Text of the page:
In the Middle Ages throughout Western Europe rings with gemstones were most popular. Because of its shape and resemblance to pie dishes, the type has either been described as a "pie-dish" setting or even "tart mold" ring. An early example of such a ring is the one which once belonged to Bishop Ranulf Flambard, who died in 1128. It was found in his tomb in Durham Cathedral. Other early examples are those from the Lark Hill Hoard found near Worcester from 1173-4 (today in the British Museum) The ring type remained popular through to the fourteenth century; the simplicity of the setting, even if slightly varied in ornament, enhanced the cabochon shapes of the gemstones which were favored at the time, and often had a personal meaning for the wearer.  Other examples from treasures and hoards of the 12thcentury Dolphin Inn Hoard, in Cambridge (now Trinity College Library).

This gold ring has a delicate, slightly rounded hoop which supports a rectangular bezel. The underside is flat and the top has a low pyramidal shape set with a cabochon of honey-colored glass, probably imitating amber. The setting suggests that the gemstone may have been replaced some time during its long history, maybe on the wish of a later owner. The gemstone shows signs of age as also the ring itself. The ring is in good wearable condition.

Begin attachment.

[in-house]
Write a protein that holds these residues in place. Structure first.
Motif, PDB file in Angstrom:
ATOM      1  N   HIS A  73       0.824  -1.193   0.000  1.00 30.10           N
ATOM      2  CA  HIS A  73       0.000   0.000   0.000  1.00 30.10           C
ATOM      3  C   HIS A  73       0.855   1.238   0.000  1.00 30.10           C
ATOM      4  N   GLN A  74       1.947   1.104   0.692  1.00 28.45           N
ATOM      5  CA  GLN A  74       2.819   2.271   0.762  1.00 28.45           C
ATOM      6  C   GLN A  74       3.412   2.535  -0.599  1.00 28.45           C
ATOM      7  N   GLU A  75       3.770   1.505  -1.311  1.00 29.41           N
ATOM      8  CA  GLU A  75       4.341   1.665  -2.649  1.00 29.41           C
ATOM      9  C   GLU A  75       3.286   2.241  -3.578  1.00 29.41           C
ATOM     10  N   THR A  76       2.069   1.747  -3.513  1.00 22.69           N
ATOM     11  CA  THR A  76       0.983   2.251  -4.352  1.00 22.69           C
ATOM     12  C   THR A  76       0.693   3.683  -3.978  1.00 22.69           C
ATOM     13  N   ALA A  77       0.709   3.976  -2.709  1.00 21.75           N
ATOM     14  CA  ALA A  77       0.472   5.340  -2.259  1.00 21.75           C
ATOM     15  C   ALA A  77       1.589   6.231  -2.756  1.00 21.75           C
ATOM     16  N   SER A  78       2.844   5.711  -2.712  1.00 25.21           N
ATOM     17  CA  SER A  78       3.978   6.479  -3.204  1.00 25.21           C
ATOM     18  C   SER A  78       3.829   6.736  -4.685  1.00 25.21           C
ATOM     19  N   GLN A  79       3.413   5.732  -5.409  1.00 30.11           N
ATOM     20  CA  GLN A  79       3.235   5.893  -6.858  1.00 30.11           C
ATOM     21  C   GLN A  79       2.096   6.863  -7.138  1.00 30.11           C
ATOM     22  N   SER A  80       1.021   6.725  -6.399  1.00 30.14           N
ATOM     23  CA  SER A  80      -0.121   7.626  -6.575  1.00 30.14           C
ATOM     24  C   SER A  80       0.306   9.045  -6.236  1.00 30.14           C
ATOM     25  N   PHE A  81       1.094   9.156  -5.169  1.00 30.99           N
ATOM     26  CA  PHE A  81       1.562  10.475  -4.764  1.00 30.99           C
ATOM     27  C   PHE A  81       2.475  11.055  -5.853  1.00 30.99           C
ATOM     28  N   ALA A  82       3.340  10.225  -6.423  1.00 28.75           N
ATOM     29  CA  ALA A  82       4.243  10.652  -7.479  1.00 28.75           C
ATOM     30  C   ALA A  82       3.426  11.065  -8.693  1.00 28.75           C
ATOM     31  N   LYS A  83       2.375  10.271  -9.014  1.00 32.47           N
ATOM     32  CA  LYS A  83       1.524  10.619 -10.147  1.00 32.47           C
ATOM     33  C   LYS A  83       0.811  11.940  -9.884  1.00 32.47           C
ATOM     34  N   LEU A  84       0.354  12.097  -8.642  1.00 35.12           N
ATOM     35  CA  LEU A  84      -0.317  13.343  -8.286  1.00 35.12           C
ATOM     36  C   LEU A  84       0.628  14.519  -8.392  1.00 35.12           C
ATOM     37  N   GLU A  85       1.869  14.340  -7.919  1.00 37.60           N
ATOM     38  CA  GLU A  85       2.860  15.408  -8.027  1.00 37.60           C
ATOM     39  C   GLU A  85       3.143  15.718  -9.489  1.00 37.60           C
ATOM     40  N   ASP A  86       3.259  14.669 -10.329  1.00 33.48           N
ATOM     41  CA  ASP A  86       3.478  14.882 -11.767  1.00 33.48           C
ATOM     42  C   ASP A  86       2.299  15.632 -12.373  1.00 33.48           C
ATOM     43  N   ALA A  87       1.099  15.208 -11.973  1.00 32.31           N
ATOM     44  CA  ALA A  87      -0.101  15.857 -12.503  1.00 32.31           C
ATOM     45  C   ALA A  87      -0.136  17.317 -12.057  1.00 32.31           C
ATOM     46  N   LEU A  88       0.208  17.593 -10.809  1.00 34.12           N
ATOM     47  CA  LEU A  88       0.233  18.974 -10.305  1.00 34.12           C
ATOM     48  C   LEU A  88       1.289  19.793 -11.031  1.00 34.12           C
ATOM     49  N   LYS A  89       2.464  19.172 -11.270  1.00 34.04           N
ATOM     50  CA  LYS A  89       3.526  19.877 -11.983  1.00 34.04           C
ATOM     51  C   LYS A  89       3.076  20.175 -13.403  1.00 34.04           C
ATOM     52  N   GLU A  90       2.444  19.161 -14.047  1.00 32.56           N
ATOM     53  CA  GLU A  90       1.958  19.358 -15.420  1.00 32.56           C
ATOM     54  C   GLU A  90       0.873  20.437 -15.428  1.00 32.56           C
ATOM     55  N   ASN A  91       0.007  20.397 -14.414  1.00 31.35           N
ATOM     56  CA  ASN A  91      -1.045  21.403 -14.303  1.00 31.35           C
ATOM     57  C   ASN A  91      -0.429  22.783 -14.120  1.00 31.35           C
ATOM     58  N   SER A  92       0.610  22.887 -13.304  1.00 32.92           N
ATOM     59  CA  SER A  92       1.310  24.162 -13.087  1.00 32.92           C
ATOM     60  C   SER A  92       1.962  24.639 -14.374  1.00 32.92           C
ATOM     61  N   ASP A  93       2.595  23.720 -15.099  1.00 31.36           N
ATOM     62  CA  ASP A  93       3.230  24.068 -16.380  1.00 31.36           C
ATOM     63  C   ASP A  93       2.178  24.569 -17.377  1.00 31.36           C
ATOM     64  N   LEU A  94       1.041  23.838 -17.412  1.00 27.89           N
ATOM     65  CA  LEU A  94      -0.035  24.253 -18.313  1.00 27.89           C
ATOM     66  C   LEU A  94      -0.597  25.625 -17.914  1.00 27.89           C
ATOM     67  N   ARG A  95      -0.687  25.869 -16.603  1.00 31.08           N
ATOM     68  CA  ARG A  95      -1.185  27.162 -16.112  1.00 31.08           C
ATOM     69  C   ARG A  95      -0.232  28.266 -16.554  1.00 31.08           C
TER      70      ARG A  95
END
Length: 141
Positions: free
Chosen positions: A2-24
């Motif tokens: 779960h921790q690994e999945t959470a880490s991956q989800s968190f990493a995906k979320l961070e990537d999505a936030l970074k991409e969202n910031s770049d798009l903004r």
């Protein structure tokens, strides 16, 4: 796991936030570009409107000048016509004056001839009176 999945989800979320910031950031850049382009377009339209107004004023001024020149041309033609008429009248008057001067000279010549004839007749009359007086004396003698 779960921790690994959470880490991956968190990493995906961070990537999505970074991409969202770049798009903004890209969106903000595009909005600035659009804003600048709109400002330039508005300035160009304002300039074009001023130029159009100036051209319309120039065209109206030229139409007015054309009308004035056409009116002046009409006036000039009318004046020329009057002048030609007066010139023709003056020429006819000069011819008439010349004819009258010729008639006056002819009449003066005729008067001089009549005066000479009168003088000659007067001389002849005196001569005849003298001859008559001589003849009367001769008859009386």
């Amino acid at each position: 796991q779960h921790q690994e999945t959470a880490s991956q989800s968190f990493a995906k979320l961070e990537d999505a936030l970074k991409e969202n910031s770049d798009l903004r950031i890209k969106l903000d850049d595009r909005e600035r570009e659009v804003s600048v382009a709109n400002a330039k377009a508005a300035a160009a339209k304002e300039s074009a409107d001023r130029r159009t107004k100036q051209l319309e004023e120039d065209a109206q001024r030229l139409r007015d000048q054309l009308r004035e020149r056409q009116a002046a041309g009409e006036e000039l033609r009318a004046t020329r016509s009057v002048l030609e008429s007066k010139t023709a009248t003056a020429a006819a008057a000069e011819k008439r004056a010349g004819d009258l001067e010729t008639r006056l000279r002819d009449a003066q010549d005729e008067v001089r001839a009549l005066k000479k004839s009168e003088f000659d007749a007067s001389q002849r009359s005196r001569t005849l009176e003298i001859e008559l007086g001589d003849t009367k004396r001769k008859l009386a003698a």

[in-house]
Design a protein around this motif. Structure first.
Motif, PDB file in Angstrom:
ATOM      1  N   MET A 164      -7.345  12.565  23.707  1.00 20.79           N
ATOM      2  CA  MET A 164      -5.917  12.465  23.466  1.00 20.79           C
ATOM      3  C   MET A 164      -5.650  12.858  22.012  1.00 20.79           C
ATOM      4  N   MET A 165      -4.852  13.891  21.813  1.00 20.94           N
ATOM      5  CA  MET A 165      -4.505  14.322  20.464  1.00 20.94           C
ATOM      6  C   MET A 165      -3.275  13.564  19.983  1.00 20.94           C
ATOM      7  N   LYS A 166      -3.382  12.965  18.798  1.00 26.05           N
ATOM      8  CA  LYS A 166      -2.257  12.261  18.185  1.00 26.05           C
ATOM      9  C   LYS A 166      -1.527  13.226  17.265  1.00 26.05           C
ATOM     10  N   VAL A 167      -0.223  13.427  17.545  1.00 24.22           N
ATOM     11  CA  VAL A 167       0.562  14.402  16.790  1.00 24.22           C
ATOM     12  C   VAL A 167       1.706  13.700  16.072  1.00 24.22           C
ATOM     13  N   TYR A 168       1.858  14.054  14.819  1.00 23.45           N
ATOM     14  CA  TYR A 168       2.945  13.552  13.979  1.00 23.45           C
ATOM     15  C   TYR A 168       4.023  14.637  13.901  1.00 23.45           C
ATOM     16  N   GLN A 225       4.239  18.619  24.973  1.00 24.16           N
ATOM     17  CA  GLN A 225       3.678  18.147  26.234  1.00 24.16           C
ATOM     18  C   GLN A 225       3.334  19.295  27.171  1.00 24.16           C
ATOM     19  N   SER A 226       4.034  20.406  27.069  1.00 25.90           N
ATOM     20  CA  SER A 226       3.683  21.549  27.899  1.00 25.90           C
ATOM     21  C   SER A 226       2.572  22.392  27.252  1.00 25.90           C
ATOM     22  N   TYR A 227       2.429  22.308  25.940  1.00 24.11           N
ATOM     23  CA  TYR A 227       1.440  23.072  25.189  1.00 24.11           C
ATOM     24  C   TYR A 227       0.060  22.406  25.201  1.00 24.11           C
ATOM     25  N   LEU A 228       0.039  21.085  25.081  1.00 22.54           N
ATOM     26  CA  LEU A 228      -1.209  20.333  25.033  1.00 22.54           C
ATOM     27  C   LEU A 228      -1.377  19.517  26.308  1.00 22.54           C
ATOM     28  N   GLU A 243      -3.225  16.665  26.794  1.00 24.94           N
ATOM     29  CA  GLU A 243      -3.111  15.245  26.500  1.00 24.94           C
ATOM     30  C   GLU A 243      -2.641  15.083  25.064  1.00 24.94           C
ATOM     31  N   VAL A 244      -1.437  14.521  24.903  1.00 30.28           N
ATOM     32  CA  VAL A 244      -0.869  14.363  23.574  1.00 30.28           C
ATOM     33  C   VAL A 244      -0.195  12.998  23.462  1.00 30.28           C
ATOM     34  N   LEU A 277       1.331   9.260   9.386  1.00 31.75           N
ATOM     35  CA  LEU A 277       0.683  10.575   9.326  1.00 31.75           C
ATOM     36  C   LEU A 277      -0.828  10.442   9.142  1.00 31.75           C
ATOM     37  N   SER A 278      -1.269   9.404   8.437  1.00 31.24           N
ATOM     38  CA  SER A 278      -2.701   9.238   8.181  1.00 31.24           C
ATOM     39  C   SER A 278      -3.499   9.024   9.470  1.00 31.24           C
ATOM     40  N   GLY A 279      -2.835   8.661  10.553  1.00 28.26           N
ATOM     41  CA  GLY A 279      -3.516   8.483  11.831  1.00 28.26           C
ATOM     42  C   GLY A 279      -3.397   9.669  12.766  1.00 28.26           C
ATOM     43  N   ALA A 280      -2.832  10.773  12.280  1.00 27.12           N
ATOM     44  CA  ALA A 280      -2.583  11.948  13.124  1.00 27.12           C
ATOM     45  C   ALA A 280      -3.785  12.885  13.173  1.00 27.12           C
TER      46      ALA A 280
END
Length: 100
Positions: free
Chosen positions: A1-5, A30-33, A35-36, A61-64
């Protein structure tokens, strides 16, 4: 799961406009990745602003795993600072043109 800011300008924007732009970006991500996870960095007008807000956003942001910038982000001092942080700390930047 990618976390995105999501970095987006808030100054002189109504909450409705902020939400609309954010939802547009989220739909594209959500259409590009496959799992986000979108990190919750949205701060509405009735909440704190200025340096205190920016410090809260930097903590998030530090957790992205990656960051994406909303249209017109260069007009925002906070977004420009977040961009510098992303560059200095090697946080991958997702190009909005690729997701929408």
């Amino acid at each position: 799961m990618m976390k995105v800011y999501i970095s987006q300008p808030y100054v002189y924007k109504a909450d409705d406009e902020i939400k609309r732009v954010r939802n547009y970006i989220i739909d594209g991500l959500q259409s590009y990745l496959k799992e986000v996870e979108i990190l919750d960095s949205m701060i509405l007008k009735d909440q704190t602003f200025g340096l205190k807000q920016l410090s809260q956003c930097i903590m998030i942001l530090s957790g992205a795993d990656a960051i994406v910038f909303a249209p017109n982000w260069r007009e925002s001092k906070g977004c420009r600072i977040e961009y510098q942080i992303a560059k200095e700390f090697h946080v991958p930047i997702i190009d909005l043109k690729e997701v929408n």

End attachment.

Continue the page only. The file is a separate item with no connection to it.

For comparable rings of this type with varying shaped bezels and decoration, see the British Museum (published in Oman 1974, plate 14, A & B); the Nationalmuseum Copenhagen (see Lindahl, 2003, no. 87), the Hanns-Ulrich Haedeke Collection (published in Haedeke 2000, nos. 135); the Hashimoto Collection (published in Scarisbrick 2004, nos. 111, 114, 119); the Alice and Louis Koch Collection (published in Chadour 1994, no. 560); Hindman 2007, no. 17.


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